We could go on about the “lost books of the Bible,” but the point is clear. These books may make for interesting reading but lack the consistency or insight that puts them on the same level as Scripture.
What Lost Books of the Bible Are Mentioned in Scripture?
“So, Hope,” you may ask, “I know there are some books mentioned in the Bible that have become lost to time. What about those?”
For those who don’t know what I’m talking about, let’s explore some books referenced in the Bible that no copies exist of today.
The Book of Wars
Mentioned in Numbers 21:14, we can imagine this book held a lot of records of the wars of the Israelite people and how God came to their aid throughout their time in battle.
The Book of Annals of Kings
We have one specifically mentioned for Solomon (1 Kings 11), and then one of all the kings of Israel (1 Kings 14) and Judah (1 Kings 15). Likely, the Book of Annals of Kings kept detailed historical records of what the kings did during their reigns. Although there may be some overlap with what we see in Scripture, if this book ever resurfaces, we’ll probably discover some new details about events that took place during the Old Testament period.
Paul’s Other Letters to the Corinthians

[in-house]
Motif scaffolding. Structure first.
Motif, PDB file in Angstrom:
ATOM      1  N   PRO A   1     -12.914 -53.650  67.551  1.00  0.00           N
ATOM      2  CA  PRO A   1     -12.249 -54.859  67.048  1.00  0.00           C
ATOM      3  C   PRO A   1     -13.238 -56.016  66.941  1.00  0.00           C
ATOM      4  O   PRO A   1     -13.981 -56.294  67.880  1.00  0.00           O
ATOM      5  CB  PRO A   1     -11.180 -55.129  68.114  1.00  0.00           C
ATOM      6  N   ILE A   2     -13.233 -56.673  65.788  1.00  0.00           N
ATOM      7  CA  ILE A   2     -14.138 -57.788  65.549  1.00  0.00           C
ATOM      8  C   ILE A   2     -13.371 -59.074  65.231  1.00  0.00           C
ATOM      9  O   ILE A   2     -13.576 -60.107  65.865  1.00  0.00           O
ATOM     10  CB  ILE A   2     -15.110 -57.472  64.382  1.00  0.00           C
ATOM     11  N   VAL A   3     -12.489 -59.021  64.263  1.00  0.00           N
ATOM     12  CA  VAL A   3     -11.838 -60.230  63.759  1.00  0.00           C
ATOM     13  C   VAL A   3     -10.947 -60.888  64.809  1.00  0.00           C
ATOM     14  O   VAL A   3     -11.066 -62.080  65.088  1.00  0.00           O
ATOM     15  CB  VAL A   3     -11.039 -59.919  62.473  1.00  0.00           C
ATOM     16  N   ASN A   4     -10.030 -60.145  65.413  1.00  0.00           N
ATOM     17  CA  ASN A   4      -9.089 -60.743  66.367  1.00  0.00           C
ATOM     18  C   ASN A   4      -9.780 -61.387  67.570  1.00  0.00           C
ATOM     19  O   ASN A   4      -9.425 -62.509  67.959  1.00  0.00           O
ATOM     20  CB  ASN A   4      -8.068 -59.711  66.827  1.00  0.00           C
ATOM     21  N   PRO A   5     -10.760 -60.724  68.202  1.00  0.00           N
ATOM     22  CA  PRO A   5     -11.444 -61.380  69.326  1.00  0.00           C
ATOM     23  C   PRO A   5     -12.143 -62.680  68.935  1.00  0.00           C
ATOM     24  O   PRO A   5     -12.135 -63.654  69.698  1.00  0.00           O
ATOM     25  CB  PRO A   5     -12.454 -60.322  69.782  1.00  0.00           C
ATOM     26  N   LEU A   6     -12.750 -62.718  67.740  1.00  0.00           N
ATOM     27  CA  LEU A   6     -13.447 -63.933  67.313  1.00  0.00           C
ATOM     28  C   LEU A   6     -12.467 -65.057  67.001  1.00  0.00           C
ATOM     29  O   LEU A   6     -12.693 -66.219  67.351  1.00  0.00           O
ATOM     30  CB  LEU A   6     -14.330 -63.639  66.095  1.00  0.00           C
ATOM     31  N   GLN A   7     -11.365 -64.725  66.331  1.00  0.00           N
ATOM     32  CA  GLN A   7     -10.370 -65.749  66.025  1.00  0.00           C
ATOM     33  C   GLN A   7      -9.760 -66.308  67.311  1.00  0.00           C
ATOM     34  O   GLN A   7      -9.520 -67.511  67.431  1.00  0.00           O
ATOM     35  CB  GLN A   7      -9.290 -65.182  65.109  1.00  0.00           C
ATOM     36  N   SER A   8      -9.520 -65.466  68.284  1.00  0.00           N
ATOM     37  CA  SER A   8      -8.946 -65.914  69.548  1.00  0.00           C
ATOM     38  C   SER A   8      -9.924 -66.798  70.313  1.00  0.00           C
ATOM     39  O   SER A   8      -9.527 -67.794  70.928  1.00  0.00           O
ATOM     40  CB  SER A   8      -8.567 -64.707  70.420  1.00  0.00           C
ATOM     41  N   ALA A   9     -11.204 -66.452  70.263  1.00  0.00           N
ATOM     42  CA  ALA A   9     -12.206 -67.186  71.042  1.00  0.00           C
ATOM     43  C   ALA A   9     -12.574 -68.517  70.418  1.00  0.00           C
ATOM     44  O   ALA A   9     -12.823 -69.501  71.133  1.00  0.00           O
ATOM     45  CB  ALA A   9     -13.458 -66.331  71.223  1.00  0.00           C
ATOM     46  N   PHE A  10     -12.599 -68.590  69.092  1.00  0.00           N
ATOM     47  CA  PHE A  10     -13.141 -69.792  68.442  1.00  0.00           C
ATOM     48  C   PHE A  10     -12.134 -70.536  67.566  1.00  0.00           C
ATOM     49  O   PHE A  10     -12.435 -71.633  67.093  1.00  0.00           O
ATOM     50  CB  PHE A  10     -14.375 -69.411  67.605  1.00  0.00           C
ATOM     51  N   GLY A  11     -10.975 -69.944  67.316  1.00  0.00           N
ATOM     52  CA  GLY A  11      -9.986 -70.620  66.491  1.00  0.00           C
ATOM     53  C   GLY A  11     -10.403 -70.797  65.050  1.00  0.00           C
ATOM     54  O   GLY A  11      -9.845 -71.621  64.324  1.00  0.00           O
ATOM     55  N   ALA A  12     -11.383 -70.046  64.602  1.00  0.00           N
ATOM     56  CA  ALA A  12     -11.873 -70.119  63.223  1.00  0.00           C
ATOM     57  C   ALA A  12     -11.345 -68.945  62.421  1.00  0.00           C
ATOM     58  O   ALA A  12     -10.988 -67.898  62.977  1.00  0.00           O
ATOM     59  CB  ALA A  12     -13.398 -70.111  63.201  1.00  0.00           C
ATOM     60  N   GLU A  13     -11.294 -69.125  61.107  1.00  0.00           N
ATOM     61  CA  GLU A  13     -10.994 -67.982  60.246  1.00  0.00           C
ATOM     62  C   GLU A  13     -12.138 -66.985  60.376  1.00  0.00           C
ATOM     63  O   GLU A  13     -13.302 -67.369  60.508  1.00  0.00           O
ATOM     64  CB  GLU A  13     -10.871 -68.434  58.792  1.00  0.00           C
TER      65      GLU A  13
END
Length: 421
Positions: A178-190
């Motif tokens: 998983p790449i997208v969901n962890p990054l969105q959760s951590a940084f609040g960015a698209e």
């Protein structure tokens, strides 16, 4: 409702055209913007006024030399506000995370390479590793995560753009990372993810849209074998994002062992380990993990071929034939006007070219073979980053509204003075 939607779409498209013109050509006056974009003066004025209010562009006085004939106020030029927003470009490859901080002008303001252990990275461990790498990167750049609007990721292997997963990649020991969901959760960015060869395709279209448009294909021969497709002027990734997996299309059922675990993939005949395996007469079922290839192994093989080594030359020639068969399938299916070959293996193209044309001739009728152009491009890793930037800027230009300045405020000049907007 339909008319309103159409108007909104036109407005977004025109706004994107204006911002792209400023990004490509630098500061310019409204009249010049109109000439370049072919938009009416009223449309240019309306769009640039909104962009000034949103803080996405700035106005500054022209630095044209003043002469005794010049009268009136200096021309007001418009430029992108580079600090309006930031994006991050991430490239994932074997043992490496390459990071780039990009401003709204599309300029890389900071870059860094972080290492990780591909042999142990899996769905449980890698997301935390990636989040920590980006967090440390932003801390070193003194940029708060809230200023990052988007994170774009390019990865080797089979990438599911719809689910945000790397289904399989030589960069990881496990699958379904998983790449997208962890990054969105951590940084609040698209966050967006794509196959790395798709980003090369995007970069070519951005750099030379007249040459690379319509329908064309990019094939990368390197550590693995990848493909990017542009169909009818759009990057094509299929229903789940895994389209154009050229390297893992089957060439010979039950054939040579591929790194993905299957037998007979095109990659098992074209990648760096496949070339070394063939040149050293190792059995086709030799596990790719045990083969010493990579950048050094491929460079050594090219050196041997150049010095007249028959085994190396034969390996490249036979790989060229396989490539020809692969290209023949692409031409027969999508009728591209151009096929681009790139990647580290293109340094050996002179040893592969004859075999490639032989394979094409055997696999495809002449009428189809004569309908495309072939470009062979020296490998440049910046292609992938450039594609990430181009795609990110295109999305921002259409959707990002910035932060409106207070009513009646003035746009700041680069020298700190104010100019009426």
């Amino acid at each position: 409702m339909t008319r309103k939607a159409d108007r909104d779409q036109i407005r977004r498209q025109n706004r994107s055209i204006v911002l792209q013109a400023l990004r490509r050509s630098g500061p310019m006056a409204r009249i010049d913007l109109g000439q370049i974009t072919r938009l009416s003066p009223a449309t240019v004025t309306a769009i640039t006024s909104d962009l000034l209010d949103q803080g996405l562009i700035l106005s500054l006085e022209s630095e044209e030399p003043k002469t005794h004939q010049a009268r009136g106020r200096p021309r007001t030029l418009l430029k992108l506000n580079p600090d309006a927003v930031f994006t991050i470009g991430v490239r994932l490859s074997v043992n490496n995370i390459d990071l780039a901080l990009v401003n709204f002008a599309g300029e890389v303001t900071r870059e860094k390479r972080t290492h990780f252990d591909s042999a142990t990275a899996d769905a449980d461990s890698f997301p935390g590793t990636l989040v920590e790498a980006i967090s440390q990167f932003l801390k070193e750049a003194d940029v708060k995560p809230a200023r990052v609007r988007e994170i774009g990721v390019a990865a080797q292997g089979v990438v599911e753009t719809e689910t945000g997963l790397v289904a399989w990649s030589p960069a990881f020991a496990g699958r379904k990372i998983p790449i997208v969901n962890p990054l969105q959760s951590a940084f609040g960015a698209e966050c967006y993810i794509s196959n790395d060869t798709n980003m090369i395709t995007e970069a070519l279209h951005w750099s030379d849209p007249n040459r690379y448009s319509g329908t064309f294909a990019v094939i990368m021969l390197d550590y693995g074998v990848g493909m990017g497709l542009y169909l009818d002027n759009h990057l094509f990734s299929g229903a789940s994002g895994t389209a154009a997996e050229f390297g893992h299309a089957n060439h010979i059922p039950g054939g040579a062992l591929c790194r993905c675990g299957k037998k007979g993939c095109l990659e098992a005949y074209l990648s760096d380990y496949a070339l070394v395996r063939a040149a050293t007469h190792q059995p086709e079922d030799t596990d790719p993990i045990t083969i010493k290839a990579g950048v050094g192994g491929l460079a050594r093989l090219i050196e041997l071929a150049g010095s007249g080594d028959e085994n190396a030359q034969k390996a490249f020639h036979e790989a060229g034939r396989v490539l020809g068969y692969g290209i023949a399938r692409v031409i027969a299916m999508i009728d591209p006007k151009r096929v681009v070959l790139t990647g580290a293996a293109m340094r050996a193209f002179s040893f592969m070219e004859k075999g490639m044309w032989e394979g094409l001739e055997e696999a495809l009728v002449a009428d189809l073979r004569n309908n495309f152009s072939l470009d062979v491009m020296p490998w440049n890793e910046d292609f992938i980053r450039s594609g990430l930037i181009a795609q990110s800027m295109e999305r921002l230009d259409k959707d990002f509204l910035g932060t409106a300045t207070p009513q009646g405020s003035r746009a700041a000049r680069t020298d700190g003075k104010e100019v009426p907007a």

Paul wrote four letters, but we only have access to two of them. Perhaps the other two delved into the Corinthian church’s specifics and logistics rather than giving spiritual advice, and audiences didn’t deem them inspiring. Maybe the two letters just became lost to time.
Would the Lost Books of the Bible Teach Us Anything New?
No matter what these books contain, it would be interesting to see their contents if an archeological dig uncovered them. Most likely, they would have details about Biblical times that we don’t get in the books included in the Scriptural canon. After all, the Gospel of John says outright that it couldn’t cover all of Jesus’ ministry (John 21:25). What if we suddenly could read about his other miracles? Would those details not enlighten us?
So how do we know that the books in Scripture are all of Scripture? Why do we know these Lost Books should stay lost?
How Does a Book Become Lost?
We have to break down this question into two ways—the pseudepigrapha/apocrypha and the non-canonical books referenced in Scripture.
As far as the apocrypha and pseudepigrapha are concerned, the records show that the early church nipped this dilemma in the bud. Multiple councils were held to determine which books belonged in Scripture and which were contradictory or non-edifying.